The constructive alternative to complaining about linear regression is non-parametric regression. There are many ways to do this, but we will focus on the conceptually simplest one, which is smoothing; especially kernel smoothing. All smoothers involve local averaging of the training data. The bias-variance trade-off tells us that there is an optimal amount of smoothing, which depends both on how rough the true regression curve is, and on how much data we have; we should smooth less as we get more information about the true curve. Knowing the truly optimal amount of smoothing is impossible, but we can use cross-validation to select a good degree of smoothing, and adapt to the unknown roughness of the true curve. Detailed examples. Analysis o how quickly kernel regression converges on the truth. Using smoothing to automatically discover interactions. Plots to help interpret multivariate smoothing results. Average predictive comparisons.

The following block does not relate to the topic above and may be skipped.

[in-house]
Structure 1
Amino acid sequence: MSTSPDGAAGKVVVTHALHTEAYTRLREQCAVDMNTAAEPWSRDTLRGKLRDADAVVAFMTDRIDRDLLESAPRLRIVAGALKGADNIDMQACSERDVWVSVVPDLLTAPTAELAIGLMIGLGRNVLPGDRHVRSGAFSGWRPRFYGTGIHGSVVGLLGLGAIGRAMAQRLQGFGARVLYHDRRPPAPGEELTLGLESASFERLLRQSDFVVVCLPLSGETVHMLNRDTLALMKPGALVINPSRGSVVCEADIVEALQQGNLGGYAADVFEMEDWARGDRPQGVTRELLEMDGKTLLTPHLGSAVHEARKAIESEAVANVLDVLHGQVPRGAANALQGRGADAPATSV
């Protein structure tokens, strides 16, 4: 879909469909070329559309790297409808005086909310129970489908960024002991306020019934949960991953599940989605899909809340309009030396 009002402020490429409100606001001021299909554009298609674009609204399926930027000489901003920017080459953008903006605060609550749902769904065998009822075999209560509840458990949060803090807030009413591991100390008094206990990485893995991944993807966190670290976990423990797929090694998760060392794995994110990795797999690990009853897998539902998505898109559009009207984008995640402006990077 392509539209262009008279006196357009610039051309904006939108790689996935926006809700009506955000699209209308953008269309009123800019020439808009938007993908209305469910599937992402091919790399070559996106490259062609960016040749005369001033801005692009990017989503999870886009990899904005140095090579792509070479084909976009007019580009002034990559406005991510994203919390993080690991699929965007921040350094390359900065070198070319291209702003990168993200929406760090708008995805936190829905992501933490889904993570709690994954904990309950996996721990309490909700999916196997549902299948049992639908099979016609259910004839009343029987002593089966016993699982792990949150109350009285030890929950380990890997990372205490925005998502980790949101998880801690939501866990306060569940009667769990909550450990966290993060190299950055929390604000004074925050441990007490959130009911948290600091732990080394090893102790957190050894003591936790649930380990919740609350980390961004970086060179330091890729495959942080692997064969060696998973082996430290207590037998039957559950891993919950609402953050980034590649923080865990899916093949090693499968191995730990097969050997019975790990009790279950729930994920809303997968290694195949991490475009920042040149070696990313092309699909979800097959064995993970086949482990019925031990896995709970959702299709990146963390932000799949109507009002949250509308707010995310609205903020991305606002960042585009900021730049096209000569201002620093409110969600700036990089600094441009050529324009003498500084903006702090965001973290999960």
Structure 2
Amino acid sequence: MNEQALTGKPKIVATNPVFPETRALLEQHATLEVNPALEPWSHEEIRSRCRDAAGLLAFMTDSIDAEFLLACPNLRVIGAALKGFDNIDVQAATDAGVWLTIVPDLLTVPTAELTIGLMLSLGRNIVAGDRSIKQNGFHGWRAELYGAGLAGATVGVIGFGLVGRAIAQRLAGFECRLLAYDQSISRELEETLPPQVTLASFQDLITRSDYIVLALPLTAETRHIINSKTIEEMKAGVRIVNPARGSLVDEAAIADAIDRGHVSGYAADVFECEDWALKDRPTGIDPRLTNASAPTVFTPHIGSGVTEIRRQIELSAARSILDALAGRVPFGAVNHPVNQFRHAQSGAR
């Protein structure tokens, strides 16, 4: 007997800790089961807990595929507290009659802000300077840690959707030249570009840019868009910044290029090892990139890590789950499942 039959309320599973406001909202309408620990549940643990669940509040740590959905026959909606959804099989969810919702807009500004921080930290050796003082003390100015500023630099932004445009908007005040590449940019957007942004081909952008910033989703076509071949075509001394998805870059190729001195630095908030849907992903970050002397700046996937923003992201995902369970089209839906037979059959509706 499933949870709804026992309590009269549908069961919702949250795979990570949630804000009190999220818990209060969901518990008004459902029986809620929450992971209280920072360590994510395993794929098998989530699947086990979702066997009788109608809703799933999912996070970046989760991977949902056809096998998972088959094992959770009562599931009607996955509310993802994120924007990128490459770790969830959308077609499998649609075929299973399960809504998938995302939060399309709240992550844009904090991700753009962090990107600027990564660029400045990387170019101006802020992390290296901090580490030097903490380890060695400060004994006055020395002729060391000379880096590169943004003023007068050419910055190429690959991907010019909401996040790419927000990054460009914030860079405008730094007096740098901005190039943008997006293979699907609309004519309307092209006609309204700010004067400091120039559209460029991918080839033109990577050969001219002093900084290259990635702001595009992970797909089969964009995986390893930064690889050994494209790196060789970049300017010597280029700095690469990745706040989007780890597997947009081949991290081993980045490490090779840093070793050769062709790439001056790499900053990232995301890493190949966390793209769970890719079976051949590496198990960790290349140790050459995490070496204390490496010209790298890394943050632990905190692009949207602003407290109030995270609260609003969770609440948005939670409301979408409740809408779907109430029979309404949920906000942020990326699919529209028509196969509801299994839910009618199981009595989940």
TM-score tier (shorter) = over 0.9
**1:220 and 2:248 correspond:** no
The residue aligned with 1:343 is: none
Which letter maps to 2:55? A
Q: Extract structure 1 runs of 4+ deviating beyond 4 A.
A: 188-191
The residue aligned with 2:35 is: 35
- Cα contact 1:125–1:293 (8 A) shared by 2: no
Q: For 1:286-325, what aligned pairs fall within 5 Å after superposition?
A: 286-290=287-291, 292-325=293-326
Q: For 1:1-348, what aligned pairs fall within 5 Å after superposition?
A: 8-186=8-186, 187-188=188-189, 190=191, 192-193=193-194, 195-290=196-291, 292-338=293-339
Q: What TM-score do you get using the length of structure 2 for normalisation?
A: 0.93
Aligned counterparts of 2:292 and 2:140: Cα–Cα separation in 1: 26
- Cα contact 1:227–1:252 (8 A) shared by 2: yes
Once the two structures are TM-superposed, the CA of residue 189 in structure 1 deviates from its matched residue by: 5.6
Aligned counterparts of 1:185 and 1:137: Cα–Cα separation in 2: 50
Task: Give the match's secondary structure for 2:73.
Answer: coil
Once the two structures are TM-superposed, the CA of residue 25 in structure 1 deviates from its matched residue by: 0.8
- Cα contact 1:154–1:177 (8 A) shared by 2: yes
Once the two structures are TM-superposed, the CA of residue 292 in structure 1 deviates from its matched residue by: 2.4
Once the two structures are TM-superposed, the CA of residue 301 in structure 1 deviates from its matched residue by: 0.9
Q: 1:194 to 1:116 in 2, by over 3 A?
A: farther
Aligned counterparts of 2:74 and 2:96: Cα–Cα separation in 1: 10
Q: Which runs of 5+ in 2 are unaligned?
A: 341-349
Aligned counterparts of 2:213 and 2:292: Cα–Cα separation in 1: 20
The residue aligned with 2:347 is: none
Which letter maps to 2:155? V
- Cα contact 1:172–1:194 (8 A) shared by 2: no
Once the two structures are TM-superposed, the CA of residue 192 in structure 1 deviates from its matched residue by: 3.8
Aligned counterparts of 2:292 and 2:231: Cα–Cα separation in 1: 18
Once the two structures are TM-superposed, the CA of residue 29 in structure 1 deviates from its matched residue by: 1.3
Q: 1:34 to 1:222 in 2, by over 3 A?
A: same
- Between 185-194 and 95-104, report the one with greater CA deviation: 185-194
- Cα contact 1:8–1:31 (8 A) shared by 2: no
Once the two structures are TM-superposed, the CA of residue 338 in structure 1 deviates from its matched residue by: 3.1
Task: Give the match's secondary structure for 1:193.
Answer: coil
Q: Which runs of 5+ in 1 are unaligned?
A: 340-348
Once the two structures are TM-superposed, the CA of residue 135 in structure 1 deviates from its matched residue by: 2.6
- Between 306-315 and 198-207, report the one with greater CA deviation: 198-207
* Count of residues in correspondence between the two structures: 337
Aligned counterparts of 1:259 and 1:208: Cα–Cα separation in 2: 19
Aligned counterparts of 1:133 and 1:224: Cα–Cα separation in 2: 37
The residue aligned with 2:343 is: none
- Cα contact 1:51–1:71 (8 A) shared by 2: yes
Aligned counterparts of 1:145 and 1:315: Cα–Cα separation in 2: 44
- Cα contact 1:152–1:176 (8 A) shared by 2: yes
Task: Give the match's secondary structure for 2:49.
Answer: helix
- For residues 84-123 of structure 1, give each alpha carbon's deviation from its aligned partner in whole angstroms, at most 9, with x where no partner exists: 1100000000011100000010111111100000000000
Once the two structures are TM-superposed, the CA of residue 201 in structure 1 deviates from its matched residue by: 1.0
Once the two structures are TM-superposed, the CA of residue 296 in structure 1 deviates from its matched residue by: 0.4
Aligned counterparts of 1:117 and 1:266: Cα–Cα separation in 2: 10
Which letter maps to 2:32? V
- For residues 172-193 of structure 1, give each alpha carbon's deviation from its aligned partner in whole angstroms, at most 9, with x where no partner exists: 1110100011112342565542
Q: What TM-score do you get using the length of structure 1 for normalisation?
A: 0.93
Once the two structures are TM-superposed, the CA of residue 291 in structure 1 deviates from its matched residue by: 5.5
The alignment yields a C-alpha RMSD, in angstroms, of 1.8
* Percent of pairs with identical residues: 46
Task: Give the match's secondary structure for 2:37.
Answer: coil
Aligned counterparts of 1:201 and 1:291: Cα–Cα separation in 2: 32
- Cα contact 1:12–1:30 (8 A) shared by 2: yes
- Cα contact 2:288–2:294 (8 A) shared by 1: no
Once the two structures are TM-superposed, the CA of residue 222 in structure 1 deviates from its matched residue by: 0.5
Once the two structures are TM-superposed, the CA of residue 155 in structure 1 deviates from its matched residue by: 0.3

Optional readings: Hayfield and Racine, "Nonparametric Econometrics: The np Package"; Gelman and Pardoe, "Average Predictive Comparisons for Models with Nonlinearity, Interactions, and Variance Components" [PDF]
Posted at January 26, 2012 10:30 | permanent link